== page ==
Saturday, July 9, 2016

How Do You Measure?

          In ancient times, measurements were made using local standards which varied from one country to another depending on the person whose biometrics defined what the standard would be. In Egypt, a cubit was about the distance from the elbow to the fingertips. In some areas the width of a thumb was considered to be an inch. In the 14th century, King Edward II of England decided the official inch should equal the length of 3 grains of barley placed end to end. A foot closely approximated the 12 inches we now call a foot. A yard was determined by the distance from the tip of a different king’s nose to his thumb on his out-stretched hand. The height of horses was measured by the number of hand-widths from the hoof to the withers.
As commerce increased and expanded beyond a country’s borders, it became advisable to develop a system of weights and measures which would be the same regardless of the origin and destination. A pound or a foot or a gallon should be the same in country B as they are in country A. In the 1790’s, France recognized the value of uniformity and began developing what became the International System of Weights and Measures abbreviated “SI” units. (SI for the French Systeme Internationale.) They began with the meter for length and the kilogram for mass (weight). Ultimately the SI system established five additional standards: the second for time, the ampere for electric current, the kelvin for temperature, the mole for amount of a substance, and the candela for intensity of light.

Before the 1790's the framers of our Constitution recognized the value of regulating weight sand measures:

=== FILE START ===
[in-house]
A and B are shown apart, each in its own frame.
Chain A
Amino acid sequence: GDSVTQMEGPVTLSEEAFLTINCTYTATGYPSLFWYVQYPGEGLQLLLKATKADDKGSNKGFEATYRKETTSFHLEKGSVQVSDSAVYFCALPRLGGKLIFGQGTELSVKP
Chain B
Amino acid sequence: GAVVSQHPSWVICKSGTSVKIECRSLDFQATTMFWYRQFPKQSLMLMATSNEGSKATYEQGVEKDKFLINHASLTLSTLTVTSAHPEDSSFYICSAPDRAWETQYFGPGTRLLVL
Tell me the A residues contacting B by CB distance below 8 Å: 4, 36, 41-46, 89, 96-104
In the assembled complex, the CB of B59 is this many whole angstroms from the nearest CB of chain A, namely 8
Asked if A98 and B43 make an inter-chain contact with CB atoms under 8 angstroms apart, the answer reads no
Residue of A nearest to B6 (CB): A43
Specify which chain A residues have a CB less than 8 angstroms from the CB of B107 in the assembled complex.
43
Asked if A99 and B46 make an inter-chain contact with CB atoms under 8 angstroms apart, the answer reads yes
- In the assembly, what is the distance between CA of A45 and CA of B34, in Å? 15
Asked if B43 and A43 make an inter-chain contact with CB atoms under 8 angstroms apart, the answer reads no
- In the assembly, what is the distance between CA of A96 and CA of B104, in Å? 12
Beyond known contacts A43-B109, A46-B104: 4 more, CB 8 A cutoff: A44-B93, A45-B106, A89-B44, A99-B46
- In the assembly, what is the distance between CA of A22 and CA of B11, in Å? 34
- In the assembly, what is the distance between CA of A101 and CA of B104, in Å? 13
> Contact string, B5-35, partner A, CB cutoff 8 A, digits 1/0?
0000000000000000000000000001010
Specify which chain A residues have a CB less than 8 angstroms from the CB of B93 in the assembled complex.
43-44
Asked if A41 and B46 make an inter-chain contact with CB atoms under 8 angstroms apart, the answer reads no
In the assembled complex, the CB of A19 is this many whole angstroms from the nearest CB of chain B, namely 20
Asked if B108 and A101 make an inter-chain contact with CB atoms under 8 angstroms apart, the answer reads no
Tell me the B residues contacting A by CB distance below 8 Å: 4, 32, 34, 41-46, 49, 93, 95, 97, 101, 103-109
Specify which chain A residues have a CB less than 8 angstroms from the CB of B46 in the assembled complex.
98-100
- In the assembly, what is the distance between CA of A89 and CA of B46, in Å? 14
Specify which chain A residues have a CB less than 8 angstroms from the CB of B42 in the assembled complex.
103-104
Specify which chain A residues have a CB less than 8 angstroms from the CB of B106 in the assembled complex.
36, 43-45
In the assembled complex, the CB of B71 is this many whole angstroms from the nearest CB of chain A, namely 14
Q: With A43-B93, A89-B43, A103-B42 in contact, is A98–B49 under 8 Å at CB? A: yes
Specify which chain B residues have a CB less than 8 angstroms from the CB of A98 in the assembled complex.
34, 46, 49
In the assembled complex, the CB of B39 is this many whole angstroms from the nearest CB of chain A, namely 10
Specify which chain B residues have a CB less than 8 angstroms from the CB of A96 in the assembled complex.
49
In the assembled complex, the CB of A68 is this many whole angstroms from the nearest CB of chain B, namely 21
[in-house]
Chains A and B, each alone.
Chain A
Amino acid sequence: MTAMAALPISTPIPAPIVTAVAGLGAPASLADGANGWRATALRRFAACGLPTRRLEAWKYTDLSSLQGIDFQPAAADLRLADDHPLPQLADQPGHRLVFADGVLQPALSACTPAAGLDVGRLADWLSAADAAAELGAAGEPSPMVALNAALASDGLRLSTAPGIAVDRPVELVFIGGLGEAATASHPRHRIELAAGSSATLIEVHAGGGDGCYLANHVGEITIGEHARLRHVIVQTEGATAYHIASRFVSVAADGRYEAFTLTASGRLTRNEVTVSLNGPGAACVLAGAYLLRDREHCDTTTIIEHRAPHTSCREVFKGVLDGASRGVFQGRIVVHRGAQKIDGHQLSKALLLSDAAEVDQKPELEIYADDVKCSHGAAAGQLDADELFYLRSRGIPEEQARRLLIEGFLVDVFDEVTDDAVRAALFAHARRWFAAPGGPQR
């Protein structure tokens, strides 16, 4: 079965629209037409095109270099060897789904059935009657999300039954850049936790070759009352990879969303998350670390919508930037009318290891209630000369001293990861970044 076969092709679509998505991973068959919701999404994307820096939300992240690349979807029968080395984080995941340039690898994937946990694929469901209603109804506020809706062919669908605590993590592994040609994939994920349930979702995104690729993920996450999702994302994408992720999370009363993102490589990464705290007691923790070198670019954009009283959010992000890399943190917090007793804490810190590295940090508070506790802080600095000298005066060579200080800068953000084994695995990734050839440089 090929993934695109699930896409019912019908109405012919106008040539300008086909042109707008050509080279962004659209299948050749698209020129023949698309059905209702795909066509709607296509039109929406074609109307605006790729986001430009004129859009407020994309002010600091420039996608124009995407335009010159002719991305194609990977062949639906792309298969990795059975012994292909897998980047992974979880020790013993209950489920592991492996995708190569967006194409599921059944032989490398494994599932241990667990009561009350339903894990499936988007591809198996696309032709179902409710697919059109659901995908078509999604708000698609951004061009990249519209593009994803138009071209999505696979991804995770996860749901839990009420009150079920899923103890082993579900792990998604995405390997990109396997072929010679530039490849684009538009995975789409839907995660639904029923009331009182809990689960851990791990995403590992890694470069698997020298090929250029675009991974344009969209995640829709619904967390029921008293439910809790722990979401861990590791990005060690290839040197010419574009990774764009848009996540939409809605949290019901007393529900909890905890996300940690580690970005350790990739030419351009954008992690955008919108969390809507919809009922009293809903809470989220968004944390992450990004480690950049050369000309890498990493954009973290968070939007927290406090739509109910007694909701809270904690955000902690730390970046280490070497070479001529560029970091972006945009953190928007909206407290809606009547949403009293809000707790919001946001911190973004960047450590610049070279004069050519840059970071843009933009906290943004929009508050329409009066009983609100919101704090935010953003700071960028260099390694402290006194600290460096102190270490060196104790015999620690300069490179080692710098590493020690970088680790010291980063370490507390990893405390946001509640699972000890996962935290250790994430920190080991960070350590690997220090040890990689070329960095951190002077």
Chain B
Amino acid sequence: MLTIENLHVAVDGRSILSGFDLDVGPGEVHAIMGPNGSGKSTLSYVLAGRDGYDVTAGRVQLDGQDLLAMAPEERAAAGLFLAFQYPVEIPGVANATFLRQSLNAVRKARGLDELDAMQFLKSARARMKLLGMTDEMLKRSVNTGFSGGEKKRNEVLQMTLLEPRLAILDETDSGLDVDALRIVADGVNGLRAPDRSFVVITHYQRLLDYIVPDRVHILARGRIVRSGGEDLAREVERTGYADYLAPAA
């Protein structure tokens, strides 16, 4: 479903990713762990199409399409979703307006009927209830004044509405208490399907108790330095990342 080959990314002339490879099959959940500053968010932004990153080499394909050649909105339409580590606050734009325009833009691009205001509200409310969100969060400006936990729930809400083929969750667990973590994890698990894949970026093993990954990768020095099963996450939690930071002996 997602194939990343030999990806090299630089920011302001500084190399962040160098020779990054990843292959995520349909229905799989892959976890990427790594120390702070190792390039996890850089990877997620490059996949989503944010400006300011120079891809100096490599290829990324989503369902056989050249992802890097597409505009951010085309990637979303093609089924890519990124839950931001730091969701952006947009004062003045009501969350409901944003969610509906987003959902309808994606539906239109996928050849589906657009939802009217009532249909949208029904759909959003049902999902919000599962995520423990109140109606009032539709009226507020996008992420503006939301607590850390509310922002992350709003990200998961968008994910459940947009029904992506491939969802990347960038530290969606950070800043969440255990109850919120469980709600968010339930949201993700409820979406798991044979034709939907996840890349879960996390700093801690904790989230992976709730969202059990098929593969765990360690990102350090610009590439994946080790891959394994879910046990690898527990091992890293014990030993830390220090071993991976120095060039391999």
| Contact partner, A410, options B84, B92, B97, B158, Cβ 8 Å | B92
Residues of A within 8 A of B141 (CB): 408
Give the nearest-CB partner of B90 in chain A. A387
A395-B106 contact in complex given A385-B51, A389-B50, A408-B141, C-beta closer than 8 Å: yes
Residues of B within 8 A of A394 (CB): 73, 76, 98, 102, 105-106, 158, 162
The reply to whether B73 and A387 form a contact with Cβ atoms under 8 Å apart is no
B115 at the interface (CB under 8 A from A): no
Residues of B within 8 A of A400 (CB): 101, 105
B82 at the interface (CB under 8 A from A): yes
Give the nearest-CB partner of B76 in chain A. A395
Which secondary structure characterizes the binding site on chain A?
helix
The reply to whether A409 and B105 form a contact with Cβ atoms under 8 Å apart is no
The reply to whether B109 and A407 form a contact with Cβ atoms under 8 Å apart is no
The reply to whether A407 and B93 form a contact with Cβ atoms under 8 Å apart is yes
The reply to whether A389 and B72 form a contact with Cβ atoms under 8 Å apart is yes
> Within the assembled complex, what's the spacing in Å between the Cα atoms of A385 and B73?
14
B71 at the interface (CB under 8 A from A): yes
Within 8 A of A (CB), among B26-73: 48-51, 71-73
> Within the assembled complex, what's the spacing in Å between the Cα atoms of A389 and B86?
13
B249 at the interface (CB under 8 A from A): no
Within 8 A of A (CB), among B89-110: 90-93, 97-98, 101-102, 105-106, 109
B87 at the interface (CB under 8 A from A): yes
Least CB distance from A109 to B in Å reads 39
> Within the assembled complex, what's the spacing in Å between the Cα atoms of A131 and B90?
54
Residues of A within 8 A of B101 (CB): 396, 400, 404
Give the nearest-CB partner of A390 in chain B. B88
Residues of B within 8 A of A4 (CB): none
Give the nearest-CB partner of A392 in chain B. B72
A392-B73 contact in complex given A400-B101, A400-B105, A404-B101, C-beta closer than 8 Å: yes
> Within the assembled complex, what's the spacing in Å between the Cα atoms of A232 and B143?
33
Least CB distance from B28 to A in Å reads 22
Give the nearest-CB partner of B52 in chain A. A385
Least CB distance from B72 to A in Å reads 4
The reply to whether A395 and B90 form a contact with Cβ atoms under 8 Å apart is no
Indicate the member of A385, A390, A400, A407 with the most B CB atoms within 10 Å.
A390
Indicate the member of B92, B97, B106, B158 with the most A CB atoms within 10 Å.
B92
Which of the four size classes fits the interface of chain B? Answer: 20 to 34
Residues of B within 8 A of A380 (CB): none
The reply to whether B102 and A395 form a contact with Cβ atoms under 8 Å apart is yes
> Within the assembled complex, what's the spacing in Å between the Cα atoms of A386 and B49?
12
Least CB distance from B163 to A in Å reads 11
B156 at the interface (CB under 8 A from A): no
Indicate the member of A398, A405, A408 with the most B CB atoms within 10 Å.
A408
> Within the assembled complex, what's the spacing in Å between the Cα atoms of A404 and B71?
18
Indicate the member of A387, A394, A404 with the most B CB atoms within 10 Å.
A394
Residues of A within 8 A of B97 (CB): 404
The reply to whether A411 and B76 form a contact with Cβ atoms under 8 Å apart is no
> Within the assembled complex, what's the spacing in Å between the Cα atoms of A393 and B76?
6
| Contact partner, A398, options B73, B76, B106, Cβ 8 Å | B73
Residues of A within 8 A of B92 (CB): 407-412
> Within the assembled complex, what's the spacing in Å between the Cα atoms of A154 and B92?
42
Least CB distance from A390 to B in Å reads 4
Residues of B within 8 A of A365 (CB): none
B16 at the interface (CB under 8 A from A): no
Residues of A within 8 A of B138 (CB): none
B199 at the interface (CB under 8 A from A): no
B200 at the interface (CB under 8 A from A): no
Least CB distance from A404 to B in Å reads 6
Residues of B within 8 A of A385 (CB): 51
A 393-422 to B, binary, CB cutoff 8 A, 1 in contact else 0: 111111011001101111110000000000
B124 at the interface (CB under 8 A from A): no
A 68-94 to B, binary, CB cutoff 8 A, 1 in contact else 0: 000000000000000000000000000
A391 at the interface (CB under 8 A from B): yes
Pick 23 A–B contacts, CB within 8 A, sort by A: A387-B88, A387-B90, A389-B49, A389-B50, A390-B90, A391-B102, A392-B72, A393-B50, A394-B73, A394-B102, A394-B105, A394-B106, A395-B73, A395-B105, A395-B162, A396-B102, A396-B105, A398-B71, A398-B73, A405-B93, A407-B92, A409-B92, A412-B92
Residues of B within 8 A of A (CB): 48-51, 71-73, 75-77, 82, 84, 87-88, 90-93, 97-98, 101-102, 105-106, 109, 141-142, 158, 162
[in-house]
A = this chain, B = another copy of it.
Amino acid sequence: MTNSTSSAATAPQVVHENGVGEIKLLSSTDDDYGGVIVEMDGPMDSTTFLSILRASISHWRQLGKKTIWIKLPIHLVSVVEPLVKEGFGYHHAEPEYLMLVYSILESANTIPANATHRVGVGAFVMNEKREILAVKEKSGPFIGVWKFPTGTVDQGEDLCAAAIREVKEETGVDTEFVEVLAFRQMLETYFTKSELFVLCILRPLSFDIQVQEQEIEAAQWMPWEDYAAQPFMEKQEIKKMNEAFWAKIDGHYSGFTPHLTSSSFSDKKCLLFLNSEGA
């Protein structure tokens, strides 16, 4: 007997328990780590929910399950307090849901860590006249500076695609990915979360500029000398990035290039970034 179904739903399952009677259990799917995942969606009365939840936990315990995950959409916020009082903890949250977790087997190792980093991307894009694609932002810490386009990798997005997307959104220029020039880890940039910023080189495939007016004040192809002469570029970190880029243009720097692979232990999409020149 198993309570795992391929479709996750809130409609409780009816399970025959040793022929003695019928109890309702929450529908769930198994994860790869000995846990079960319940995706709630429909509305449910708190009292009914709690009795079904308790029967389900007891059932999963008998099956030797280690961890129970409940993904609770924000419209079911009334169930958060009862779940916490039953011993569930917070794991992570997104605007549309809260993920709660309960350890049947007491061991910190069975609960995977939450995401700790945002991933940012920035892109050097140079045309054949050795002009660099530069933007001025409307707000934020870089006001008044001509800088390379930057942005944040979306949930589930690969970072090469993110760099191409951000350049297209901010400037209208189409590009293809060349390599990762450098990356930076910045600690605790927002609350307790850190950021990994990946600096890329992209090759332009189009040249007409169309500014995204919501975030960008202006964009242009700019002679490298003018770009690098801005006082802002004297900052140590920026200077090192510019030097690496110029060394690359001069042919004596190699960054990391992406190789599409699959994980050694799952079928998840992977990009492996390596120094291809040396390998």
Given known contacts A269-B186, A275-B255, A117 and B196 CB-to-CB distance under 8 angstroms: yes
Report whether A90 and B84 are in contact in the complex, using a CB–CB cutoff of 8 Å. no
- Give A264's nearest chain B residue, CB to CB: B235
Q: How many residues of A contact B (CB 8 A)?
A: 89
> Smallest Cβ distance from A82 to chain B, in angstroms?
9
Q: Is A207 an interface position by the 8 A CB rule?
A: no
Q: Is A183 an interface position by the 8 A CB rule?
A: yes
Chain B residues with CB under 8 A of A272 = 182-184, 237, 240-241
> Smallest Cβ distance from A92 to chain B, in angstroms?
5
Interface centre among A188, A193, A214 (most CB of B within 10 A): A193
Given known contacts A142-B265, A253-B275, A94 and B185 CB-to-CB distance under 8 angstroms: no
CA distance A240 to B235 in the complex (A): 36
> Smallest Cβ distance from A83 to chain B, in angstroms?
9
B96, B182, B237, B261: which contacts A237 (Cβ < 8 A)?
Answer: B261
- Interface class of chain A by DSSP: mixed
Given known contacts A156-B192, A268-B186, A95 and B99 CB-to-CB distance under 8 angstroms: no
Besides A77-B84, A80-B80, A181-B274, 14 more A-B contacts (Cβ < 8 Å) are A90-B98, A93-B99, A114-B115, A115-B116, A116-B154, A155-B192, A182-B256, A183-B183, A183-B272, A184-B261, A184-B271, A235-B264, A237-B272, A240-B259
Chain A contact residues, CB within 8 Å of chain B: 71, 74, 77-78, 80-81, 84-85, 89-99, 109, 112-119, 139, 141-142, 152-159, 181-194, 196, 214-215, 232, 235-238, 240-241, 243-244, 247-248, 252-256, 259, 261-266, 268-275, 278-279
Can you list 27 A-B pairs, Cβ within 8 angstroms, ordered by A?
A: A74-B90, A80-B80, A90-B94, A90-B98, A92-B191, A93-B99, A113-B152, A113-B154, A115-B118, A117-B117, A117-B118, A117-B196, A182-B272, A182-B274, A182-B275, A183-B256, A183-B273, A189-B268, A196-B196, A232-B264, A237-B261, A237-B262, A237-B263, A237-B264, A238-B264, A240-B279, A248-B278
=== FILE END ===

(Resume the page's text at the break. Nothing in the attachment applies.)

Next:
“The regulation of weights and measures is necessary for science, industry, and commerce. The importance of establishing uniform national standards was demonstrated by the drafters of the U.S. Constitution, who gave Congress in Article 1, Section 8, the power to "fix the Standard of Weights and Measures."
Until 2013, the United States of America shared the distinction with two other world powers, Liberia and Myanmar (formerly Burma), of resisting the adoption of the Metric System. We are one of the last holdouts. (In 2013, Myanmar began the transition.) Why have we resisted the change? Because we don’t like change. In 1866, Congress authorized the use of the metric system but our resistance for the past 150 years has resulted in only small steps in the metric direction.

With an early interest in the Sciences, the Metric System seemed almost natural after a very short time. For those unfamiliar, the internet offers many conversion tools but for easy daily use some units become so familiar that an official converter is not necessary. Weights: A Kilogram is equal to 2.2 pounds. A Pound is equal to 454 grams. An Ounce is 28 Grams. A Gallon is 3.8 liters. A Liter is 0.26 Gallons (that’s very close to a quart). These equivalents are quite satisfactory for everyday use. On the other hand, in a laboratory, measurements to several decimal places are absolutely crucial – micrograms, milliliters and so on. If you work in a lab, you already know that.

Two units of daily concern to most are miles per hour/kilometers per hour. Most vehicles now come with double numbering on the speedometer. Mph on top of the display, Kph underneath the display. Digital speedometers have a push button switch allowing the driver to switch to the applicable units. If a vehicle doesn’t have this luxury, two equivalencies are easy to remember: 100 kilometers per hour is the same as 62 miles per hour. The ratio is very close to the decimal equivalent for five-eighths which is 0.625. Kilometers per hour times 5/8 yields miles per hour. (Converting in the other direction is the inverse operation – eight-fifths or 1.6).

 The only other regularly occurring concern might be temperature readings. The United States and most of its territories remain the only ones to continue using the Fahrenheit scale (Named for Daniel Gabriel Fahrenheit, a German physicist) which marks the melting point of ice at 32 degrees and the boiling point of water at 212 degrees. The rest of the world since the end of the 20th century is using the Celsius scale (previously known as the centigrade scale until named for the Swedish astronomer Anders Celsius) which marks 0 degrees as the freezing point of water and 100 degrees as the boiling point of water.